The recent trend in Alberta litigation has been to avoid making difficult decisions relating to limitation issues at the early stages of litigation. As a result, there has been a general judicial reluctance to permit summary dismissal applications on the basis that claims are statute barred under the Alberta Limitations Act. In its recent decision in Boyd v. Cook, the Alberta Court of Appeal decisively rejects the current trend and reaffirms the importance of limitation periods and the importance of dealing with limitation issues at a preliminary stage in the proceedings.

In Boyd v. Cook, the defendant sought summary dismissal of the plaintiff's claim on the basis that it was brought after the limitation period expired. The action arose from an investment Boyd made in shares of a mortgage company, under Cook's inducement. Unbeknownst to Boyd, the mortgage company invested most of its funds in a land development that Boyd repeatedly refused to personally invest in. The mortgage company became seriously insolvent, and Boyd lost a substantial portion of his invested funds. Between March and early June 2009, Boyd discovered that he was indirectly investing in the oft-rejected land development, and made attempts to limit his losses. Being unable to recover his investment, Boyd filed a claim against Cook in June 2011.

Master Hanebury dismissed Cook's application for summary dismissal, which decision was upheld by the chambers justice. In reversing the two lower court decisions, the Court of Appeal began its decision with an authoritative "first principles" reminder on the role and importance of limitation periods. According to the Court: "Limitations statutes exist for a purpose. They are not mere tidiness, nor a trick to give defendants a windfall or bargaining points. Limitations legislation exists to give some certainty in their lives to all those who may at some time be sued". In addition, the Court condemned attempts to compromise limitation goals or adopt hybrid approaches to limitations. The Court also emphasized the importance of deciding limitations issues at an early stage, rather than simply deferring them to trial.

Under the Alberta Limitations Act, the general two-year limitation period is based on the rule of discoverability. The time period, for purposes of ascertaining when to file a claim, commences from the date on which the claimant knew or ought to have known that: (1) the injury occurred; (2) the injury was attributable to the defendant's conduct; and (3) that the injury warranted bringing a proceeding.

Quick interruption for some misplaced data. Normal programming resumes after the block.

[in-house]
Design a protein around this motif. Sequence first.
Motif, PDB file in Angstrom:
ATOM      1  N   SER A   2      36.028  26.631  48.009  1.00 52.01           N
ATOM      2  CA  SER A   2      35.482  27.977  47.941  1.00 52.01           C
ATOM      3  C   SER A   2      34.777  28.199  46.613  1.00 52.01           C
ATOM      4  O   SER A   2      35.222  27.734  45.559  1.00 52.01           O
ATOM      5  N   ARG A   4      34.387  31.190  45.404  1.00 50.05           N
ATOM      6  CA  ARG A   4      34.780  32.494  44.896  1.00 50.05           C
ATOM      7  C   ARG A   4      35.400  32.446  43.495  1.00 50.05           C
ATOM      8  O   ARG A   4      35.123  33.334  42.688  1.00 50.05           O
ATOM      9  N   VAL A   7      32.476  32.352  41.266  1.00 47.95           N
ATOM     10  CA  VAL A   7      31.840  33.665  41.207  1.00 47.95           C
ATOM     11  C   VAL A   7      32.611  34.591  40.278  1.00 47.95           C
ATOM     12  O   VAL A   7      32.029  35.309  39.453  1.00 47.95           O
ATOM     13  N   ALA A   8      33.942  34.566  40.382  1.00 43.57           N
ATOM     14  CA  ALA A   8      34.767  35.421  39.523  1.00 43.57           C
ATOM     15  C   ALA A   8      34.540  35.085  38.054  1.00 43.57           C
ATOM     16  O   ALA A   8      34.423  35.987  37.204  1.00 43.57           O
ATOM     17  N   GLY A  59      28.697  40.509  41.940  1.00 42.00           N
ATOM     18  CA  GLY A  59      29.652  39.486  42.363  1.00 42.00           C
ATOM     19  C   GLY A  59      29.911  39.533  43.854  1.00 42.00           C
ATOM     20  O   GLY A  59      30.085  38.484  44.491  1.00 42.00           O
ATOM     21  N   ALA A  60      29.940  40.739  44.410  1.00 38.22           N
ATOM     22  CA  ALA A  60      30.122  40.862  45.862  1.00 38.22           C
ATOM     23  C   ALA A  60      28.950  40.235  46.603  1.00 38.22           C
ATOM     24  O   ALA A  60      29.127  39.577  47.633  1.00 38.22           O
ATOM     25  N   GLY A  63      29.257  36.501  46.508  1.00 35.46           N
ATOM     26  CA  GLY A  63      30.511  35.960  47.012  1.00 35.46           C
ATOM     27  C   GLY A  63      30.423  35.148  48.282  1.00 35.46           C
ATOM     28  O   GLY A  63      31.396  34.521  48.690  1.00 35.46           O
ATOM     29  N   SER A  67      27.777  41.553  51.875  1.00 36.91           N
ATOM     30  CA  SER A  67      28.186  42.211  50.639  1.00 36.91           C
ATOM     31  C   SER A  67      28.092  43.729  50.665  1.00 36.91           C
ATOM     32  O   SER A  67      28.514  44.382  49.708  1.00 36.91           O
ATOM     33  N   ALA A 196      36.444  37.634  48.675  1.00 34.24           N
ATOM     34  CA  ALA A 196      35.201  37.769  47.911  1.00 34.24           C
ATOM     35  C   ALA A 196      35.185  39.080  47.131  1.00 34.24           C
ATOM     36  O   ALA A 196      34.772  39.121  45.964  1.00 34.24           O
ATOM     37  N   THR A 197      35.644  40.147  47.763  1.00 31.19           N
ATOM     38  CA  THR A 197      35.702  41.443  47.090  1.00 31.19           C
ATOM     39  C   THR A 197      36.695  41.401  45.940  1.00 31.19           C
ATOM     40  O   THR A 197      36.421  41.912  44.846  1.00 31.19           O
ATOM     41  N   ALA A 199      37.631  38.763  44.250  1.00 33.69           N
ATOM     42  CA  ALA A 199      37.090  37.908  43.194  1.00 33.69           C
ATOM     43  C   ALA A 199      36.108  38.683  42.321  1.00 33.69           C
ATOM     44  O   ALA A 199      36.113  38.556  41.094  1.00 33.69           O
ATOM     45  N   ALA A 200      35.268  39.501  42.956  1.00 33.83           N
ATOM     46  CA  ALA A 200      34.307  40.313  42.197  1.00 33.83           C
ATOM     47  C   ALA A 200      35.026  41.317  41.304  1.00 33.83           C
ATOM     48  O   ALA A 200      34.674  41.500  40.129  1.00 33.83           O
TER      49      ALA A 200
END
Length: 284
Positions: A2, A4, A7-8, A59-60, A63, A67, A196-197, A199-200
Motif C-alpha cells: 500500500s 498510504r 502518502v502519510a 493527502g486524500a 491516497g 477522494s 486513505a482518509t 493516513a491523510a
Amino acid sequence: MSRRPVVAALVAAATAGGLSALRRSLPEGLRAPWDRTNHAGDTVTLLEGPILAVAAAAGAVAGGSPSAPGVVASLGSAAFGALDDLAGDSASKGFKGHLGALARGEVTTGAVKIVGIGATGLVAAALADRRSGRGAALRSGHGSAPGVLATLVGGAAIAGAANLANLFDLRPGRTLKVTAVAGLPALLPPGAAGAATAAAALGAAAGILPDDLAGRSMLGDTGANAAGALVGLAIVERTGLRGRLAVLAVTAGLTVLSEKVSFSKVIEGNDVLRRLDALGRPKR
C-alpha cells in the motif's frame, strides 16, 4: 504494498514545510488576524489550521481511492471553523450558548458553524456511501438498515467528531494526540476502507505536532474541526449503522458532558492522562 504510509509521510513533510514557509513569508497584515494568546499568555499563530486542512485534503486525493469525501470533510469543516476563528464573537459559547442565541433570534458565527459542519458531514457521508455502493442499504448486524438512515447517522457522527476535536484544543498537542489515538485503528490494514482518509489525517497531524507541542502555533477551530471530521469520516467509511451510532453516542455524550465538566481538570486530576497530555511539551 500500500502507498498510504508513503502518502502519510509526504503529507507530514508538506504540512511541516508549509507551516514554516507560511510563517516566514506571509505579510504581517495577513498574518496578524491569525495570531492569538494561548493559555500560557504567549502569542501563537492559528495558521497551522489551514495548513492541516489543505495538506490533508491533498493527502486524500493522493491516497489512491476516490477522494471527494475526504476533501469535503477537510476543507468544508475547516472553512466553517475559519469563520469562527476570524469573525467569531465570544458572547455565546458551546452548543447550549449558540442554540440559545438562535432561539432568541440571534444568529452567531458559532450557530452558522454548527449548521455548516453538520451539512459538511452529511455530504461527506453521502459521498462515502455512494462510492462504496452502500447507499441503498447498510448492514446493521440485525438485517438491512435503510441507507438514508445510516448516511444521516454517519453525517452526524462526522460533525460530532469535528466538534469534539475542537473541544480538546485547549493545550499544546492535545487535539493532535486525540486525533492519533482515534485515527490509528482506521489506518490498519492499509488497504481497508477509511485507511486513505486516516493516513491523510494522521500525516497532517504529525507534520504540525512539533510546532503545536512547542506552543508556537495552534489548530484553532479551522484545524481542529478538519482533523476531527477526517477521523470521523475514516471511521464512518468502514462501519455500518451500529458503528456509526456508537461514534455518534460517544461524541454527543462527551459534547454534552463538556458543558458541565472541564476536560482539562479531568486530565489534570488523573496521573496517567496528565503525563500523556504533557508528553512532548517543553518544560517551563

The sole issue before the Alberta Court of Appeal was whether by June 2009, Boyd knew (or ought to have known) that the injury warranted bringing a proceeding. The evidence disclosed that by June 2009, Boyd was aware that he was likely going to lose money as a result of Cook's conduct, but he was unsure as to exactly how much. The Court noted that one reason for not commencing a proceeding is that the costs of litigation may exceed any recovery. In determining whether a claim warranted bringing a proceeding, the Court introduced a subjective element into the otherwise objective test of "ought to have known". As a result, the Court focussed on the knowledge and circumstances of Boyd, in particular the fact that he was a sophisticated, knowledgeable and wealthy businessman. In the circumstances, the Court found that there was enough information prior to the commencement of the action for Boyd to calculate that the amounts lost would be large enough to sue for. The Court held that Boyd was required to, and more than capable of (due to his extensive business experience) estimating his net investment loss in determining whether the injury warranted bringing a proceeding.

In addition, the Court recognized that the cost of running a suit may be uncertain, however, this uncertainty was alleviated by the unilateral ability to discontinue the proceedings until a very late stage. Accordingly, the Court allowed the appeal and dismissed the action as statute barred.

The Court's decision makes it clear that the subjective element does matter when determining limitations. The Court relied heavily on the knowledge and status of Boyd in arriving at its decision. If Boyd were an unsophisticated party, the result likely would have been different. More importantly, the decision requires plaintiffs to engage in a cost-benefit analysis to determine if an injury warrants bringing a proceeding. If it appears that a potential recovery exceeds the costs of the litigation, that may be sufficient to warrant bringing proceedings. Finally, the decision is an important reminder that when in doubt, claimants should file a statement of claim to preserve the limitation period and, if necessary, simply discontinue at a later stage in the proceedings (without serious cost consequences).

The decision in Boyd reaffirms the significance of limitation periods, how they operate and the importance of dealing with those issues at a preliminary stage in the proceedings.